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NBCC Reads

Second Thoughts: Gregg Barrios on Bonjour Tristesse

By Gregg Barrios

This is the eighteenth in Critical Mass's new Second Thoughts series, curated by Daniel Akst. More about this series, and how to submit, here.

A strange melancholy pervades me to which I hesitate to give the grave and beautiful name of sorrow . . . Today it envelops me like a silken web, enervating and soft, and sets me apart from everybody else.

–Françoise Sagan, Bonjour Tristesse

Coming of age in the late 1950s, I had a fascination for all things French. The trouble was that, attending Catholic school, I wasn't permitted to read certain novels or watch certain films. I confess I slipped in to see And God Created Woman with Brigitte Bardot, condemned to a “C” rating by the National Legion of Decency. So when I wrote a book report on Françoise Sagan's Bonjour Tristesse, it was rejected.

My religious English teacher said the novel was immoral and inappropriate reading for a 12-year-old. I wanted to declare that The Confessions of Saint Augustine was probably racier, but it wouldn’t have done any good.

Written by an 18-year-old Parisian, the novel was an international sensation that earned a front-page review in Le Figaro by no less than François Mauriac, a Catholic Nobel laureate. It also won the 1954 Prix des Critiques, an award previously won by Albert Camus. The following year, the English language version of Bonjour was No. 1 on the New York Times Best Sellers fiction list. It remained there for 12 weeks – a record for an author that young, and one that still stands.

Four years later, as a book reviewer for the Victoria (Tex.) Advocate, I reviewed Sagan's novels Aimez-Vous Brahms (released in English with its French title) and The Wonderful Clouds.

By then, Sagan was living a high-profile lifestyle much like a movie star. She was constantly in the pages of Life magazine. It might sound odd, but that French teen-ager was my first role model. I realized that I, too, could aspire to a writing life.

The novel's amoral tale is deceptively simple: A girl on the verge of womanhood grows jealous when her loving father (a widower) meets a new woman. The disenchanted daughter plots to regain his love—or what she thinks is love.

With the rebellious Cécile narrating the tale, it was a book that spoke to the French both young and old. Ditto to this pubescent Mexican-American boy with an Elvis pompadour who thought James Dean and Chet Baker were the coolest.

While the minimalist nouveau roman was in vogue in France, Sagan single-handedly revived storytelling of the highest caliber. She is the literary granddaughter of Colette, the godchild of Marguerite Duras. It is Sagan whom in a roundabout way we have to thank for the film movement known as the nouvelle vague.

Otto Preminger made Bonjour Tristesse into a Hollywood movie. The film used experimental techniques with the CinemaScope screen. Sequences in the present were in black and white, and those in the past were in color. But it was a Marshalltown, Iowa, teen-ager, Jean Seberg, in the title role that struck a cultural chord. The French fell for Seberg as Americans had for Sagan. Jean-Luc Godard cast Seberg in his New Wave feature film, Breathless, an homage to Hollywood gangster films.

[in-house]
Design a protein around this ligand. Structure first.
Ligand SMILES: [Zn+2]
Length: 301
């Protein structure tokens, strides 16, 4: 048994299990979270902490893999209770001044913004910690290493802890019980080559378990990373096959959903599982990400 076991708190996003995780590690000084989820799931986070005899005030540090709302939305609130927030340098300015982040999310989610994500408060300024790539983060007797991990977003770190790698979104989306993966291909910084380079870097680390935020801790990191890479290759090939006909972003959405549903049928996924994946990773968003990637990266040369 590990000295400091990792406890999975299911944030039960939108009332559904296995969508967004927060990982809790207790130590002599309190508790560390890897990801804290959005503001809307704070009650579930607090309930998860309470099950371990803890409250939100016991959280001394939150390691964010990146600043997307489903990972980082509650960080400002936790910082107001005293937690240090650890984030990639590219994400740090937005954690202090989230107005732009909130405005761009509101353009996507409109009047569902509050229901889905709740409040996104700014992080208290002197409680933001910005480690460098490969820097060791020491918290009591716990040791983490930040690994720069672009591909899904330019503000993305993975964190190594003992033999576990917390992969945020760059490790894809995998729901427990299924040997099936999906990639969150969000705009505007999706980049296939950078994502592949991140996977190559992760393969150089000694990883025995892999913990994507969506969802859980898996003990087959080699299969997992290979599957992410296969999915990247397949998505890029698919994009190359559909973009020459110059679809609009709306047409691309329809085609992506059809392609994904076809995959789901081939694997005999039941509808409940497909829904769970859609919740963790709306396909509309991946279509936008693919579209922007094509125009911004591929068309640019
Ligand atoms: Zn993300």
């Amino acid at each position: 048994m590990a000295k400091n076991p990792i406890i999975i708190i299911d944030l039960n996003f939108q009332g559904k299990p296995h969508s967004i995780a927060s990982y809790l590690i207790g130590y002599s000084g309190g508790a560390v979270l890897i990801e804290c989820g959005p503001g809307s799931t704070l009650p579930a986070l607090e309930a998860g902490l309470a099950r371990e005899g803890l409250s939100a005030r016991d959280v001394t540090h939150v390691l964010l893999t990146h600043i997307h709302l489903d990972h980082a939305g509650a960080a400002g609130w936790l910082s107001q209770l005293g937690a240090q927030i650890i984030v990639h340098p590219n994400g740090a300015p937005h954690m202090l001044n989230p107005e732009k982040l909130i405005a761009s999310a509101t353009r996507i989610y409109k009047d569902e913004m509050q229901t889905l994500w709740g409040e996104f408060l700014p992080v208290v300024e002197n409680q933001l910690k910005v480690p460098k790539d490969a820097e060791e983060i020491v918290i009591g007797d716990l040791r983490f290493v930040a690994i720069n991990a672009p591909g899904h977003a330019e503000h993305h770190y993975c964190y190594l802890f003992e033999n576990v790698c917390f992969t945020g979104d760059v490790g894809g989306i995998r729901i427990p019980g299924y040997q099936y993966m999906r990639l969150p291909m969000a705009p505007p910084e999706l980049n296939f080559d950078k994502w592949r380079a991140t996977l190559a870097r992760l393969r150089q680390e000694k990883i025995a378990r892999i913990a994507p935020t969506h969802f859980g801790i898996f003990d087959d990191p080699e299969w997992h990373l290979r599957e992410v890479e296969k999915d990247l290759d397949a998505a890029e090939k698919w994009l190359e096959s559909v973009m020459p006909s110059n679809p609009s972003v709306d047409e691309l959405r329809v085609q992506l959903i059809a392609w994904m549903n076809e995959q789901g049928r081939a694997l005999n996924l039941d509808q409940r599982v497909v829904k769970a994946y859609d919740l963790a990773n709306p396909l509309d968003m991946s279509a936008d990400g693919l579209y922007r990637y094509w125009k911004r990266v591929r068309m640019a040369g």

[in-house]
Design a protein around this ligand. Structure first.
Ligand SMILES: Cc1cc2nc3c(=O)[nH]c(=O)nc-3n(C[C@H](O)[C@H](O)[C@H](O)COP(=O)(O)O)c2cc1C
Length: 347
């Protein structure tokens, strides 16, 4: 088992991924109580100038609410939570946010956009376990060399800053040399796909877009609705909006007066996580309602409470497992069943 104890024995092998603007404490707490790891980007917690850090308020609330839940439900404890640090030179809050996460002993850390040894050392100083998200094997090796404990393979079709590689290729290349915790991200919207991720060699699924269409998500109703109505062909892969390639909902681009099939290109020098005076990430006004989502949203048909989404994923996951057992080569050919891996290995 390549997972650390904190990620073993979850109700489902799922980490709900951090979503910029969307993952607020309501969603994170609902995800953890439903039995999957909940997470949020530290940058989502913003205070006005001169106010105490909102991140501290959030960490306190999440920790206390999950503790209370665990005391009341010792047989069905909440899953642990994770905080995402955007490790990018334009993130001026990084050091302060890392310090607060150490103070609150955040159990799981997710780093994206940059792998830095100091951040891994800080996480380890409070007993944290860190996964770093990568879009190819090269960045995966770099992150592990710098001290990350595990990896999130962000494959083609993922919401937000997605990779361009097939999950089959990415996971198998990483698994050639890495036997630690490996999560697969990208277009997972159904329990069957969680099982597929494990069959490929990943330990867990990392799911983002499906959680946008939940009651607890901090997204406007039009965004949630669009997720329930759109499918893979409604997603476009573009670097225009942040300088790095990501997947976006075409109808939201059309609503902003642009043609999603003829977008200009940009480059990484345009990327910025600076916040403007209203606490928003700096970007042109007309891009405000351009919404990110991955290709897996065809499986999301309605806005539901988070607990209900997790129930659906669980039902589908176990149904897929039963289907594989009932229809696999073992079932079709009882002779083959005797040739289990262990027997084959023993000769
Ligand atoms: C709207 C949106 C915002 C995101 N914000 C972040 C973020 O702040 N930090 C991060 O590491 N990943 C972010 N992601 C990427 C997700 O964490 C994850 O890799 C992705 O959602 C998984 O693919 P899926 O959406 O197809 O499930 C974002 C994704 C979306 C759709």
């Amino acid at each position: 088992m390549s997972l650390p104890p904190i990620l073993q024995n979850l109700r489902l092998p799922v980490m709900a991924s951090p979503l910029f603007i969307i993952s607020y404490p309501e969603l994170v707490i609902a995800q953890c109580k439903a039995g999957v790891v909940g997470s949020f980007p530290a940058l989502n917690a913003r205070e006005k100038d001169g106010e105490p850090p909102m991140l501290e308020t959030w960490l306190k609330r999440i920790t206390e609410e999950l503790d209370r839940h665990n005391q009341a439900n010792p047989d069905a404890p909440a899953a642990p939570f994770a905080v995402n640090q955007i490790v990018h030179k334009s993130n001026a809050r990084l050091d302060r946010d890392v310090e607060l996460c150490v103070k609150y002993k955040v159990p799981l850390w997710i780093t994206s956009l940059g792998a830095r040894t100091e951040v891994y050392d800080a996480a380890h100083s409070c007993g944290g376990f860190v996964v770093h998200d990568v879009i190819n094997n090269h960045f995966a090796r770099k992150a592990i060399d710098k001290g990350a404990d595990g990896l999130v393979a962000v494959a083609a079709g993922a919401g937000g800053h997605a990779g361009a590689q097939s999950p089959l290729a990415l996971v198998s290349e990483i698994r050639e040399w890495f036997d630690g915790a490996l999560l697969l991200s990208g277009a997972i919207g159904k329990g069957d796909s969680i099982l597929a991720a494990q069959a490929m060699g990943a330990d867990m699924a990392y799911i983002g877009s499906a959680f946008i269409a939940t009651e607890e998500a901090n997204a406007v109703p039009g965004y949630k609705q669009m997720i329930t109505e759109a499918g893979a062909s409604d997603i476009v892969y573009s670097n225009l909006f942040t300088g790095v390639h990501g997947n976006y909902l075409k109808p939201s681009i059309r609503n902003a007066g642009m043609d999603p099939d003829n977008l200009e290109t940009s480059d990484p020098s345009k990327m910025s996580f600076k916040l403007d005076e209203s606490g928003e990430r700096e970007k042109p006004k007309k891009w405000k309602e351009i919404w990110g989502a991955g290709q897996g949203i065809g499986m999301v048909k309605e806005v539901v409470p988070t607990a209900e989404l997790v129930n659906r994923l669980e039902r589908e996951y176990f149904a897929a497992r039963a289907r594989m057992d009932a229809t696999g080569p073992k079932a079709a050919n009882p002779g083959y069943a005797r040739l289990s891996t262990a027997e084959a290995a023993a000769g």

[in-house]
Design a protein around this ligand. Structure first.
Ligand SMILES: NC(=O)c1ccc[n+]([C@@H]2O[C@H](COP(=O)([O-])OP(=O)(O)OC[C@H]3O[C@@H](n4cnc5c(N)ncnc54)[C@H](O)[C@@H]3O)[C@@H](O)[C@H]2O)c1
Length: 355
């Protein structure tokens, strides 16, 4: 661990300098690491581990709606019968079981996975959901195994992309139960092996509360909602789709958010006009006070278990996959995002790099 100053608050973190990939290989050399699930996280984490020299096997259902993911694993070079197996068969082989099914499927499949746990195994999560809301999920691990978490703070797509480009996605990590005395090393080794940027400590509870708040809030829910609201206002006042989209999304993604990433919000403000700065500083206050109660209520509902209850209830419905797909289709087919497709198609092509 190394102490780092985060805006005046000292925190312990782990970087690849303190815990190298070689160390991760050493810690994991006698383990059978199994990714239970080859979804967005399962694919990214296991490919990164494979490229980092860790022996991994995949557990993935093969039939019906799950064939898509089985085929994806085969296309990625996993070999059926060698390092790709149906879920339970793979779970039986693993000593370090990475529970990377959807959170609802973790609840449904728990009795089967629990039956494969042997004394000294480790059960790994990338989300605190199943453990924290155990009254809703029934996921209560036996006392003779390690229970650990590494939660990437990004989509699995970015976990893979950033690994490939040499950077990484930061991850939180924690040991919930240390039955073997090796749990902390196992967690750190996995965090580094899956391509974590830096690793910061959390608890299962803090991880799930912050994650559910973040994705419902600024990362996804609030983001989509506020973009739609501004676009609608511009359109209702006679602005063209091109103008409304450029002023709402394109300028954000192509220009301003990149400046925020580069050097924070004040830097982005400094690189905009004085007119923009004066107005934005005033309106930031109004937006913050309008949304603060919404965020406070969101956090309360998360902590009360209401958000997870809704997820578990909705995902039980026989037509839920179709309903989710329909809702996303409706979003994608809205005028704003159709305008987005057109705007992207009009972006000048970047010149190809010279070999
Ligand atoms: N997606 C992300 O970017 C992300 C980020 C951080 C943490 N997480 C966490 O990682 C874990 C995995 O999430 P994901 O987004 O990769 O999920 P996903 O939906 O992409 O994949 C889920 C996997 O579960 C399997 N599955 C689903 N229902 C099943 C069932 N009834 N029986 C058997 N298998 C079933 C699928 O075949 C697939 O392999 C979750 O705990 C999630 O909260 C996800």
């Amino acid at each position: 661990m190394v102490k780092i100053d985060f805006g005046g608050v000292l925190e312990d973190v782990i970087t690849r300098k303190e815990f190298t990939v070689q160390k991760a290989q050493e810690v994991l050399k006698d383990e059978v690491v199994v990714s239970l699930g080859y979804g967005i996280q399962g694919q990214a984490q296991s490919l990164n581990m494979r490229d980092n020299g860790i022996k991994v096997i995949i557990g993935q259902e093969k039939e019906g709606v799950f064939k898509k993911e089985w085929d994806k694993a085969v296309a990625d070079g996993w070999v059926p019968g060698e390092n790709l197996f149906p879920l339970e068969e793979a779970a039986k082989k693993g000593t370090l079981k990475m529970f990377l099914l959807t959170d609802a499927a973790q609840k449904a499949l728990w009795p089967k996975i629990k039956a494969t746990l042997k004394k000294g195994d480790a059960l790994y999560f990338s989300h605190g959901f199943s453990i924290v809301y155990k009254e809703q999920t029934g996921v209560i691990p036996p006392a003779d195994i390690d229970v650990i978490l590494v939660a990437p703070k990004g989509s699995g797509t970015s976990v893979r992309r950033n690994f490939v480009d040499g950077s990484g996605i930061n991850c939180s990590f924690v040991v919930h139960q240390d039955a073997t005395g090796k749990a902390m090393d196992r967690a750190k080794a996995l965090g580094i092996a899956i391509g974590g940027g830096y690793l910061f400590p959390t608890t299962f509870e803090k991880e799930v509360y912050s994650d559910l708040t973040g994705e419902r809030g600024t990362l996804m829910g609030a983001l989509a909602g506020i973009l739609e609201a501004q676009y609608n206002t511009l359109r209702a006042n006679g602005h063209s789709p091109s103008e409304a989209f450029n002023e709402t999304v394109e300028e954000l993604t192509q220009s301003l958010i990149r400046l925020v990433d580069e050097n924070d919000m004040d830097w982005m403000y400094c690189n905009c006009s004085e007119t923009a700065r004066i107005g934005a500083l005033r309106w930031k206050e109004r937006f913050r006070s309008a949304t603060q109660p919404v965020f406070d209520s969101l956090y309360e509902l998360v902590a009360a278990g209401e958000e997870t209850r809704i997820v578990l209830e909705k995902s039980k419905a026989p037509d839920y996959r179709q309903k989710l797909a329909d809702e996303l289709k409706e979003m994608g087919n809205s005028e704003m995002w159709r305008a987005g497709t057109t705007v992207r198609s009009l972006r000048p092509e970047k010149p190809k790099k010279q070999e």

So how does Tristesse stand 60 years later? By today’s standards it’s tame. It never had the shock value that Grace Metalious’s Peyton Place (1956) had among best sellers. But unlike Metalious’s more salacious book, which today seems dated, Tristesse had the quality of a classic bildungsroman; written by a young woman, it appealed to a younger, more sophisticated audience. Today, the book is part of the Harper Perennial Modern Classics series and is even taught in French classes at Catholic girls’ schools and colleges.

My own enthusiasm for Sagan has never wavered. It led to my receiving a play commission from the Provincetown Tennessee Williams Theater Festival this year. My play Tennessee, Mon Amour, centers on Sagan accepting an invitation from Williams to be his house guest in Key West during her first U.S. book tour, in 1955.

In 1998, the New Yorker ran a profile of Sagan in which its writer portrayed the then 63-year-old author as a cocaine-addled grande dame holding onto her former fame by a thread. Unfazed, I packed three of Sagan’s books when I traveled to Paris months later to promote a Mexican music CD for Sony France. I then imposed on her attorney to see if Madame Sagan would sign those books.

I got a phone call at my hotel, and he put her on the line. She thanked me for my interest in her work. Her accented English and my limited French collided, but I managed to convey how she inspired me to become a writer.

When Sagan died in 2004 after a life of novels, plays, and screenplays, French President Jacques Chirac declared her passing a national loss. Earlier, Sagan had written her own obituary:

Appeared in 1954 with a slender novel, Bonjour Tristesse, which created a scandal worldwide. Her death, after a life and a body of work that were equally pleasant and botched, was a scandal only for herself.

Sagan signed my copy of Bonjour – “d'un ecrivain à autre. . .” From one writer to another, with fondest regards.

Merci, Françoise, pour tout.

Gregg Barrios is a poet, playwright and journalist. His new play A Ship of Fools centers on Texas writer Katherine Anne Porter and her Chicano biographer. He is a 2013 USC Annenberg Getty Fellow. Barrios was inducted into the Texas Institute of Letters this year. He is the 2015 Visiting Writer at Our Lady of the Lake University in San Antonio. He serves on the board of directors of the National Book Critics Circle.